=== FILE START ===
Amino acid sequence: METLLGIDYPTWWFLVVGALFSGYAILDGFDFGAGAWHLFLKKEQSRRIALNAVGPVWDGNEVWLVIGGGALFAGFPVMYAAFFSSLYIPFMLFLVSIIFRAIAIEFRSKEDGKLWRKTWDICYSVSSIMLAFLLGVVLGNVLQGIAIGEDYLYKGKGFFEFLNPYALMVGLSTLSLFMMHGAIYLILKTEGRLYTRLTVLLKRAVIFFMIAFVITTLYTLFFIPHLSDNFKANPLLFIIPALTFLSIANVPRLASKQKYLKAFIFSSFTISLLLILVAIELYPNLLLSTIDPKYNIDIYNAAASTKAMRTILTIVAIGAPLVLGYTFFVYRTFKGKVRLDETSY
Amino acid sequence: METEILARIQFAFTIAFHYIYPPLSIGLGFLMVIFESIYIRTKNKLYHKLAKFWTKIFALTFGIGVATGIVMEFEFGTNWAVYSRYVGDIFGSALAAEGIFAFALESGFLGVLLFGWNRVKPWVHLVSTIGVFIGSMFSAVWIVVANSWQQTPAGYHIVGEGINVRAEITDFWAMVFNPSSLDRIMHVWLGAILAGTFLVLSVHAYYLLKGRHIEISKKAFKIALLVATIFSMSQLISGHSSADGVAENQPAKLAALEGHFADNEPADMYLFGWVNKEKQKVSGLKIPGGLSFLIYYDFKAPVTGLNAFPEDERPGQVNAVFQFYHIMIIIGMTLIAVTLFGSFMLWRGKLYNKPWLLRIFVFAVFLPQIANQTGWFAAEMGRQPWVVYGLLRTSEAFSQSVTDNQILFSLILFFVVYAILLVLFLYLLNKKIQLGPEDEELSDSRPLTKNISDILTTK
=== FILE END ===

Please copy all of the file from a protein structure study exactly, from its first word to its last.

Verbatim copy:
Amino acid sequence: METLLGIDYPTWWFLVVGALFSGYAILDGFDFGAGAWHLFLKKEQSRRIALNAVGPVWDGNEVWLVIGGGALFAGFPVMYAAFFSSLYIPFMLFLVSIIFRAIAIEFRSKEDGKLWRKTWDICYSVSSIMLAFLLGVVLGNVLQGIAIGEDYLYKGKGFFEFLNPYALMVGLSTLSLFMMHGAIYLILKTEGRLYTRLTVLLKRAVIFFMIAFVITTLYTLFFIPHLSDNFKANPLLFIIPALTFLSIANVPRLASKQKYLKAFIFSSFTISLLLILVAIELYPNLLLSTIDPKYNIDIYNAAASTKAMRTILTIVAIGAPLVLGYTFFVYRTFKGKVRLDETSY
Amino acid sequence: METEILARIQFAFTIAFHYIYPPLSIGLGFLMVIFESIYIRTKNKLYHKLAKFWTKIFALTFGIGVATGIVMEFEFGTNWAVYSRYVGDIFGSALAAEGIFAFALESGFLGVLLFGWNRVKPWVHLVSTIGVFIGSMFSAVWIVVANSWQQTPAGYHIVGEGINVRAEITDFWAMVFNPSSLDRIMHVWLGAILAGTFLVLSVHAYYLLKGRHIEISKKAFKIALLVATIFSMSQLISGHSSADGVAENQPAKLAALEGHFADNEPADMYLFGWVNKEKQKVSGLKIPGGLSFLIYYDFKAPVTGLNAFPEDERPGQVNAVFQFYHIMIIIGMTLIAVTLFGSFMLWRGKLYNKPWLLRIFVFAVFLPQIANQTGWFAAEMGRQPWVVYGLLRTSEAFSQSVTDNQILFSLILFFVVYAILLVLFLYLLNKKIQLGPEDEELSDSRPLTKNISDILTTK